During 2/7’s deployment to Afghanistan, “the extraordinary became ordinary,” said Lt. Col Richard Hall, 2/7’s commanding officer during the deployment.
“I underestimated my Marines and I’m in awe of what they accomplished.”
Known as the hardest hit battalion in the Marine Corps during 2008, 2/7 lost over 20 Marines and sailors and sent over 80 home with serious injuries during their eight month deployment to Afghanistan.
Gustafson is now looking to the future and says he is looking forward to a bright future outside of the Marine Corps.
“I took a lot of photos in Afghanistan,” said Gustafson.
“I’m going to go to college in the fall and try and make a career out of it.”
Cpl. Brady Gustafson never faltered during the ambush and his heroism helped save the lives of all the Marines involved.
The valor and courage displayed on the streets of Shewan that July day embodied the core values of the Marine Corps and sets an example for all to emulate and be proud of.
“I’m proud of all the Marines,” said Kim. “There are so many heroes, I’m so lucky to count my son among one of them.”
TIME Magazine Report:
By Mark Thompson
Lance Corporal Brady (Goose) Gustafson and his 20 fellow Marines sensed trouble on July 21 as they crept into the Afghan village of Shewan and saw civilians drifting away. Moments later, a barrage of rocket-propelled grenades (RPGs) and machine-gun fire enveloped Gustafson's mine-resistant ambush-protected vehicle (MRAP) and its three trailing humvees. An RPG exploded inside his vehicle, the resulting blast searing his face as it rushed through the open turret where he was manning the machine gun. He started shooting at gun flashes from an estimated 100 Taliban, some only 20 yards away. Gustafson, 21, stood up for a better firing position but was instantly racked with pain. "I looked down, and a lot of my right leg wasn't there," he says. "I could see muscle and bone, and I was bleeding pretty hard." The RPG had taken out six inches of leg bones and flesh. Gustafson's booted right foot dangled uselessly, attached only by his leg's calf muscles.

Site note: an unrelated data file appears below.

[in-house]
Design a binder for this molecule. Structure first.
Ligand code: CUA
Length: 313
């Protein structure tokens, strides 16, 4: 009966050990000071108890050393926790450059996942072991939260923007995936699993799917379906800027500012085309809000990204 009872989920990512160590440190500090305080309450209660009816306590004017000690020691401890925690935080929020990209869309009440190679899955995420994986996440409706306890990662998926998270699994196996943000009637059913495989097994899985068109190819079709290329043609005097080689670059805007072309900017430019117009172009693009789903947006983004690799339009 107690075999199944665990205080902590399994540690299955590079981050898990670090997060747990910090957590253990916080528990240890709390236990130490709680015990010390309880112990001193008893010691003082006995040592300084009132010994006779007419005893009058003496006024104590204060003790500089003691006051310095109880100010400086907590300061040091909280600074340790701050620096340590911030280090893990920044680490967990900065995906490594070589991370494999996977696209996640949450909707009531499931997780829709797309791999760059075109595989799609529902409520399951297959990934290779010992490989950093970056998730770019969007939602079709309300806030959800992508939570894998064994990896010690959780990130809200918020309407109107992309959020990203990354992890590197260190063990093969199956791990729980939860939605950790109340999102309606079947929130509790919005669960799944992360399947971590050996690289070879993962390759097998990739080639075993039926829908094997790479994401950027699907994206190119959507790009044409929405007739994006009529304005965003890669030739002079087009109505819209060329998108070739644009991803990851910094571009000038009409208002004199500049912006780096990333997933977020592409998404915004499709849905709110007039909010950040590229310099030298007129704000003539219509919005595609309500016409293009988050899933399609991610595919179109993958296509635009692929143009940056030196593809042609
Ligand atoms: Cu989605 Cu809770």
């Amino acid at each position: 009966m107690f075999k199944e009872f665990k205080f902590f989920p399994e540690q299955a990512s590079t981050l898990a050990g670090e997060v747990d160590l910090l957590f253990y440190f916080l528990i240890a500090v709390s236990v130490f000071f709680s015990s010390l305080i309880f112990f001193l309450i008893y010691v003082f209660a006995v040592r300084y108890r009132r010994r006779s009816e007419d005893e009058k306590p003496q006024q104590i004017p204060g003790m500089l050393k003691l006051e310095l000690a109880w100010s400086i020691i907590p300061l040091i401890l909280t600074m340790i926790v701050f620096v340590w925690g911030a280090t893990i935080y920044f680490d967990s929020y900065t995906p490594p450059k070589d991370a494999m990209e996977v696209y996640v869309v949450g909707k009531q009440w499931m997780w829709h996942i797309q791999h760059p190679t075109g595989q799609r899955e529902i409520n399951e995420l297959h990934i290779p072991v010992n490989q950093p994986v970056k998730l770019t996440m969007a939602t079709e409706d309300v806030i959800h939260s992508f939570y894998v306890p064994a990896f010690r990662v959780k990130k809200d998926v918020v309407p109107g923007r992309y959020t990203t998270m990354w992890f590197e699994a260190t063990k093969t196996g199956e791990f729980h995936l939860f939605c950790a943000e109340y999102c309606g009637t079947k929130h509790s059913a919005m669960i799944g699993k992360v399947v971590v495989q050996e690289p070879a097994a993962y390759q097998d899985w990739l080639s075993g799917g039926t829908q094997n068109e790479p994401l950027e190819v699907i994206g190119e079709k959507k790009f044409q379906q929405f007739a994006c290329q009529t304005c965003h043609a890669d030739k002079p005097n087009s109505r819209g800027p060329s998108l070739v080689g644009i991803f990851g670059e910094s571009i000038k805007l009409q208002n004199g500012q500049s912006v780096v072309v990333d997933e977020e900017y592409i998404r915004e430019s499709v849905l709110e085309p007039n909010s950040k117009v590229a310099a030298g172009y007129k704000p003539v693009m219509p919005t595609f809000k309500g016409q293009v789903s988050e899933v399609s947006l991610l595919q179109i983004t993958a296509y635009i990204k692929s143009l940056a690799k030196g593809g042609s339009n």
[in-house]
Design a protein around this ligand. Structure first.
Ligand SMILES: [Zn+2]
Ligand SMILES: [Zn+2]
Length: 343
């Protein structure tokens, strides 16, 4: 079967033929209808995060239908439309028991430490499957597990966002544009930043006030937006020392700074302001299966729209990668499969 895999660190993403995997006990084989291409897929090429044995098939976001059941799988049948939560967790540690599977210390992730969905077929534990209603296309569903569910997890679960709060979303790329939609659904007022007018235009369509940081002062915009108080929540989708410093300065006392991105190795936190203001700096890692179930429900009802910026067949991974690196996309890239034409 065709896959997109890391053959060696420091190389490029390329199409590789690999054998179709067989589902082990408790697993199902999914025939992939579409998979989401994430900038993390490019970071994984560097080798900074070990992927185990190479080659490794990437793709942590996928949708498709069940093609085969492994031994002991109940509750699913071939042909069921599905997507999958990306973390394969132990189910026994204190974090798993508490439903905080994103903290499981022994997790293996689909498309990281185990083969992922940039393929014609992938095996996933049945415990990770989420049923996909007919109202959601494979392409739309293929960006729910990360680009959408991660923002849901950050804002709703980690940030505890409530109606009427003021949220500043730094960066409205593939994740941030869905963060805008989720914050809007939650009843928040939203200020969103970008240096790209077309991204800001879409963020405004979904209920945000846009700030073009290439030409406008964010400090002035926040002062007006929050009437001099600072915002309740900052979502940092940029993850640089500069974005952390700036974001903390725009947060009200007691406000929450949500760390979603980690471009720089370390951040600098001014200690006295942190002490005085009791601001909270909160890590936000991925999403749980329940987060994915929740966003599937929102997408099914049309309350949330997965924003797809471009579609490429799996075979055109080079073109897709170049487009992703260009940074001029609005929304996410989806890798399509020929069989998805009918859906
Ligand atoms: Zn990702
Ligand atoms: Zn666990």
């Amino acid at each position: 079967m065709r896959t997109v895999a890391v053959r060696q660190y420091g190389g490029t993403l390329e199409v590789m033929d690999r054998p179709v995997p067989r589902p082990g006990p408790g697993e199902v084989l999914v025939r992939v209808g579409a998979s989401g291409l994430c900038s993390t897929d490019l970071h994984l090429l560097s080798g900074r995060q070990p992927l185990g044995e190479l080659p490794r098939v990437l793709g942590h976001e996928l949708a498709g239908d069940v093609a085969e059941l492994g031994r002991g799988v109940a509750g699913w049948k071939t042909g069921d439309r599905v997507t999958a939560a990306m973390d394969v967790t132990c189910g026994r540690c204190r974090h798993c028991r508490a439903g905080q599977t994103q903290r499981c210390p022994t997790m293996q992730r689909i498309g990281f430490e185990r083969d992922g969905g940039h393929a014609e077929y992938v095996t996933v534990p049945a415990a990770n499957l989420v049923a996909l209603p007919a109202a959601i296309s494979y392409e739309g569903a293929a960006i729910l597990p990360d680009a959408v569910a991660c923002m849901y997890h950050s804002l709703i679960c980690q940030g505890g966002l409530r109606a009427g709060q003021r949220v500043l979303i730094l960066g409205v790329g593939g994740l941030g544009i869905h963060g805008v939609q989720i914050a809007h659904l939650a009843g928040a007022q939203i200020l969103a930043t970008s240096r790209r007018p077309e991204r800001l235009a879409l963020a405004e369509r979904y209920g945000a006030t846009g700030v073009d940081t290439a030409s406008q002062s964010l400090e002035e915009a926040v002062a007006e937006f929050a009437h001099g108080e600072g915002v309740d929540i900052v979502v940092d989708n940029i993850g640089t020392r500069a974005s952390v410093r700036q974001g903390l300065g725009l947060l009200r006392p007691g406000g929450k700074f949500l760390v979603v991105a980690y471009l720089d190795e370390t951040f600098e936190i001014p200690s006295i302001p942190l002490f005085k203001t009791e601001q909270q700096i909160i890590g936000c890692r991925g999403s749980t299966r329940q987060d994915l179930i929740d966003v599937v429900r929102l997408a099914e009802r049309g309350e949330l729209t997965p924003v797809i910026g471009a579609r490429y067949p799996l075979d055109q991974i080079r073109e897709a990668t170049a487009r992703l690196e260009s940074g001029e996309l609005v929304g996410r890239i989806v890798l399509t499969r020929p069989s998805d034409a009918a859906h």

The MRAP stopped. The driver, hit in the head by shrapnel, appeared to be dead. Enemy machine-gun fire kept most of the other Marines inside their vehicles. Gustafson watched as his turret's bulletproof windows cracked under the onslaught. Somebody had to fire back. A Marine inside the MRAP yanked a tourniquet off his flak jacket and wound it tightly around Gustafson's shattered leg.
His wound stanched, Gustafson finished firing off the ammo belt's 200 rounds, pausing between each six-round burst to keep the barrel from melting. He pulled up and fired off another 17-lb. belt. After nearly 10 minutes, weak from blood loss, he swapped places; the other Marine kept firing as their driver came to and they escaped.
Gustafson now has a fake lower right leg and a real Navy Cross, the nation's second highest award, for valor. But the most important outcome, according to Gustafson: "We didn't lose a single Marine."
Fast Fact: To date, only 29 Navy Crosses have been awarded during the hostilities in Iraq and Afghanistan
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In: Iraq, Afghanistan, Middle East
Tags: navy cross, brady gustafson, 2/7 Marines, hero, afghanistan, shewan
Location: Shewan, Farah, Afghanistan (load item map)